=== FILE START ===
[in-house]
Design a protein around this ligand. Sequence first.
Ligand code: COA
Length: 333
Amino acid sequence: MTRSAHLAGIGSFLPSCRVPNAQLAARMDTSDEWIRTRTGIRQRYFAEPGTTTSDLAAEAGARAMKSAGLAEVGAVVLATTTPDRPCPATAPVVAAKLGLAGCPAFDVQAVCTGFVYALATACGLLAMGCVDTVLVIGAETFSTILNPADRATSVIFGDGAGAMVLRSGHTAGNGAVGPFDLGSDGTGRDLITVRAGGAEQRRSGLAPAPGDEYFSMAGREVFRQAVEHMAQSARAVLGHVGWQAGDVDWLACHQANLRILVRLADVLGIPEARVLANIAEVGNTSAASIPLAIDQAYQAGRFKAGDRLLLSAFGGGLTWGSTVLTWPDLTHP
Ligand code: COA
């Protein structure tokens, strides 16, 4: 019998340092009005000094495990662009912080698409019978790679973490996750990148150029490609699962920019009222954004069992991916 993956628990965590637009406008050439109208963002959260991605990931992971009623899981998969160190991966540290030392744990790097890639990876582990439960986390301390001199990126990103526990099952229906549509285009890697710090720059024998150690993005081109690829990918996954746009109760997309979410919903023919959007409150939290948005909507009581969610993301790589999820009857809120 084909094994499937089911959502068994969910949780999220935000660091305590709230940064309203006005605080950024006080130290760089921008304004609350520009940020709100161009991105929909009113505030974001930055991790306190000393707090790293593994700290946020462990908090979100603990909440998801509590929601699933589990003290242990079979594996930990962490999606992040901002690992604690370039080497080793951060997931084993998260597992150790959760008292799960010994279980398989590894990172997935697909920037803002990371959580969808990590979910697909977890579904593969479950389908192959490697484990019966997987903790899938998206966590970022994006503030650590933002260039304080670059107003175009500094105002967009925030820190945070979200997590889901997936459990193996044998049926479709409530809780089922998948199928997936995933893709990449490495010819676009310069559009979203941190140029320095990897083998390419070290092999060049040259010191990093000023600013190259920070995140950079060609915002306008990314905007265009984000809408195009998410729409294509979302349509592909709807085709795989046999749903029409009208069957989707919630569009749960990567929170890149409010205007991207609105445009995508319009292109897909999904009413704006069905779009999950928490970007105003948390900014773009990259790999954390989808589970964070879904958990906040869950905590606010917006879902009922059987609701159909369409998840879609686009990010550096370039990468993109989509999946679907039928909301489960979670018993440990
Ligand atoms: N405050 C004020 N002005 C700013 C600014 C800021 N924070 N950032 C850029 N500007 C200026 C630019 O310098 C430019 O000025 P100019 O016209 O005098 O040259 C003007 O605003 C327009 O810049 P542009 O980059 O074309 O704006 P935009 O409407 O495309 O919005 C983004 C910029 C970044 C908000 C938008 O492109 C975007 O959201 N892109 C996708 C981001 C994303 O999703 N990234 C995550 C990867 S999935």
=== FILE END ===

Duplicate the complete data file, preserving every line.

[in-house]
Design a protein around this ligand. Sequence first.
Ligand code: COA
Length: 333
Amino acid sequence: MTRSAHLAGIGSFLPSCRVPNAQLAARMDTSDEWIRTRTGIRQRYFAEPGTTTSDLAAEAGARAMKSAGLAEVGAVVLATTTPDRPCPATAPVVAAKLGLAGCPAFDVQAVCTGFVYALATACGLLAMGCVDTVLVIGAETFSTILNPADRATSVIFGDGAGAMVLRSGHTAGNGAVGPFDLGSDGTGRDLITVRAGGAEQRRSGLAPAPGDEYFSMAGREVFRQAVEHMAQSARAVLGHVGWQAGDVDWLACHQANLRILVRLADVLGIPEARVLANIAEVGNTSAASIPLAIDQAYQAGRFKAGDRLLLSAFGGGLTWGSTVLTWPDLTHP
Ligand code: COA
């Protein structure tokens, strides 16, 4: 019998340092009005000094495990662009912080698409019978790679973490996750990148150029490609699962920019009222954004069992991916 993956628990965590637009406008050439109208963002959260991605990931992971009623899981998969160190991966540290030392744990790097890639990876582990439960986390301390001199990126990103526990099952229906549509285009890697710090720059024998150690993005081109690829990918996954746009109760997309979410919903023919959007409150939290948005909507009581969610993301790589999820009857809120 084909094994499937089911959502068994969910949780999220935000660091305590709230940064309203006005605080950024006080130290760089921008304004609350520009940020709100161009991105929909009113505030974001930055991790306190000393707090790293593994700290946020462990908090979100603990909440998801509590929601699933589990003290242990079979594996930990962490999606992040901002690992604690370039080497080793951060997931084993998260597992150790959760008292799960010994279980398989590894990172997935697909920037803002990371959580969808990590979910697909977890579904593969479950389908192959490697484990019966997987903790899938998206966590970022994006503030650590933002260039304080670059107003175009500094105002967009925030820190945070979200997590889901997936459990193996044998049926479709409530809780089922998948199928997936995933893709990449490495010819676009310069559009979203941190140029320095990897083998390419070290092999060049040259010191990093000023600013190259920070995140950079060609915002306008990314905007265009984000809408195009998410729409294509979302349509592909709807085709795989046999749903029409009208069957989707919630569009749960990567929170890149409010205007991207609105445009995508319009292109897909999904009413704006069905779009999950928490970007105003948390900014773009990259790999954390989808589970964070879904958990906040869950905590606010917006879902009922059987609701159909369409998840879609686009990010550096370039990468993109989509999946679907039928909301489960979670018993440990
Ligand atoms: N405050 C004020 N002005 C700013 C600014 C800021 N924070 N950032 C850029 N500007 C200026 C630019 O310098 C430019 O000025 P100019 O016209 O005098 O040259 C003007 O605003 C327009 O810049 P542009 O980059 O074309 O704006 P935009 O409407 O495309 O919005 C983004 C910029 C970044 C908000 C938008 O492109 C975007 O959201 N892109 C996708 C981001 C994303 O999703 N990234 C995550 C990867 S999935």